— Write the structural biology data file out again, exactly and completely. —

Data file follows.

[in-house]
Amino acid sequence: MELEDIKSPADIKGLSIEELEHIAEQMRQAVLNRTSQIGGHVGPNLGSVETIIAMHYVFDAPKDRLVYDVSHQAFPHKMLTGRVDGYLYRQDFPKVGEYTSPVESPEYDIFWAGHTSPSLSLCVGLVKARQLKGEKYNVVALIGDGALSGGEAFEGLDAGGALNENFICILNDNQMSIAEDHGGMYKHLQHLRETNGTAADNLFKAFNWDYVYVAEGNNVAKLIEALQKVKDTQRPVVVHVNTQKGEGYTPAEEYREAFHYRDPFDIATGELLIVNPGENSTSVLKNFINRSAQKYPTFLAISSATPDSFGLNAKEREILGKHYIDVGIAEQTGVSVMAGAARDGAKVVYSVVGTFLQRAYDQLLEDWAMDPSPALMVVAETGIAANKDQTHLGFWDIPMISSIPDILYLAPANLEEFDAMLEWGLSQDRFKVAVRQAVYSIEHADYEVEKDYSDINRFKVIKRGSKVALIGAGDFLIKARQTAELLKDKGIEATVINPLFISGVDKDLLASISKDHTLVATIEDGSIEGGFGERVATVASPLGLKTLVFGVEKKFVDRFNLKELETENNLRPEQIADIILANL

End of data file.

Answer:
[in-house]
Amino acid sequence: MELEDIKSPADIKGLSIEELEHIAEQMRQAVLNRTSQIGGHVGPNLGSVETIIAMHYVFDAPKDRLVYDVSHQAFPHKMLTGRVDGYLYRQDFPKVGEYTSPVESPEYDIFWAGHTSPSLSLCVGLVKARQLKGEKYNVVALIGDGALSGGEAFEGLDAGGALNENFICILNDNQMSIAEDHGGMYKHLQHLRETNGTAADNLFKAFNWDYVYVAEGNNVAKLIEALQKVKDTQRPVVVHVNTQKGEGYTPAEEYREAFHYRDPFDIATGELLIVNPGENSTSVLKNFINRSAQKYPTFLAISSATPDSFGLNAKEREILGKHYIDVGIAEQTGVSVMAGAARDGAKVVYSVVGTFLQRAYDQLLEDWAMDPSPALMVVAETGIAANKDQTHLGFWDIPMISSIPDILYLAPANLEEFDAMLEWGLSQDRFKVAVRQAVYSIEHADYEVEKDYSDINRFKVIKRGSKVALIGAGDFLIKARQTAELLKDKGIEATVINPLFISGVDKDLLASISKDHTLVATIEDGSIEGGFGERVATVASPLGLKTLVFGVEKKFVDRFNLKELETENNLRPEQIADIILANL